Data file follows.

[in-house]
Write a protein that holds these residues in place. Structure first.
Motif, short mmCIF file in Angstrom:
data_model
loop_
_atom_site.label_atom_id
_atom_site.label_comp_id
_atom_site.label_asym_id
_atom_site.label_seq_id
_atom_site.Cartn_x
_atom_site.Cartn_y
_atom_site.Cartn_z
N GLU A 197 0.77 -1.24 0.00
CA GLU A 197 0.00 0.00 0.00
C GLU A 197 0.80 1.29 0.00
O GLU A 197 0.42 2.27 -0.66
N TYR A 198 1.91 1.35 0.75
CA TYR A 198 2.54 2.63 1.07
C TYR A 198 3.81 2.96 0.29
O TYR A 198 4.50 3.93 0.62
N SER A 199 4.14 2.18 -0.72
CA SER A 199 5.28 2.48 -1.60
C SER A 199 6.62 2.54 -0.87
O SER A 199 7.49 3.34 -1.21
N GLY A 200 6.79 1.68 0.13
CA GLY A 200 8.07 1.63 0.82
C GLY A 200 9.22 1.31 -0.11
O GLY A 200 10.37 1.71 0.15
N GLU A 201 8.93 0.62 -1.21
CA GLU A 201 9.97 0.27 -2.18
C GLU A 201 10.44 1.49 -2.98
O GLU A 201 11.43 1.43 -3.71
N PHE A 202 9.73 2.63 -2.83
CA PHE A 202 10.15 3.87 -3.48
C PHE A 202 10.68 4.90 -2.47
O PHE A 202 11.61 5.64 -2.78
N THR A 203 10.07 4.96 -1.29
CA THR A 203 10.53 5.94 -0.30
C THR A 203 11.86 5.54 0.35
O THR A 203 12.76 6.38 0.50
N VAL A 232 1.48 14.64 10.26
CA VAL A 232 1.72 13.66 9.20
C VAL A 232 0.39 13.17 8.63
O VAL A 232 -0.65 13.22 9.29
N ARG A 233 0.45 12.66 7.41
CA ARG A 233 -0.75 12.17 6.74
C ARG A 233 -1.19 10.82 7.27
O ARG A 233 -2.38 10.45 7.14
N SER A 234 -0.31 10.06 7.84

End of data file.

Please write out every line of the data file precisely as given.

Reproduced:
[in-house]
Write a protein that holds these residues in place. Structure first.
Motif, short mmCIF file in Angstrom:
data_model
loop_
_atom_site.label_atom_id
_atom_site.label_comp_id
_atom_site.label_asym_id
_atom_site.label_seq_id
_atom_site.Cartn_x
_atom_site.Cartn_y
_atom_site.Cartn_z
N GLU A 197 0.77 -1.24 0.00
CA GLU A 197 0.00 0.00 0.00
C GLU A 197 0.80 1.29 0.00
O GLU A 197 0.42 2.27 -0.66
N TYR A 198 1.91 1.35 0.75
CA TYR A 198 2.54 2.63 1.07
C TYR A 198 3.81 2.96 0.29
O TYR A 198 4.50 3.93 0.62
N SER A 199 4.14 2.18 -0.72
CA SER A 199 5.28 2.48 -1.60
C SER A 199 6.62 2.54 -0.87
O SER A 199 7.49 3.34 -1.21
N GLY A 200 6.79 1.68 0.13
CA GLY A 200 8.07 1.63 0.82
C GLY A 200 9.22 1.31 -0.11
O GLY A 200 10.37 1.71 0.15
N GLU A 201 8.93 0.62 -1.21
CA GLU A 201 9.97 0.27 -2.18
C GLU A 201 10.44 1.49 -2.98
O GLU A 201 11.43 1.43 -3.71
N PHE A 202 9.73 2.63 -2.83
CA PHE A 202 10.15 3.87 -3.48
C PHE A 202 10.68 4.90 -2.47
O PHE A 202 11.61 5.64 -2.78
N THR A 203 10.07 4.96 -1.29
CA THR A 203 10.53 5.94 -0.30
C THR A 203 11.86 5.54 0.35
O THR A 203 12.76 6.38 0.50
N VAL A 232 1.48 14.64 10.26
CA VAL A 232 1.72 13.66 9.20
C VAL A 232 0.39 13.17 8.63
O VAL A 232 -0.65 13.22 9.29
N ARG A 233 0.45 12.66 7.41
CA ARG A 233 -0.75 12.17 6.74
C ARG A 233 -1.19 10.82 7.27
O ARG A 233 -2.38 10.45 7.14
N SER A 234 -0.31 10.06 7.84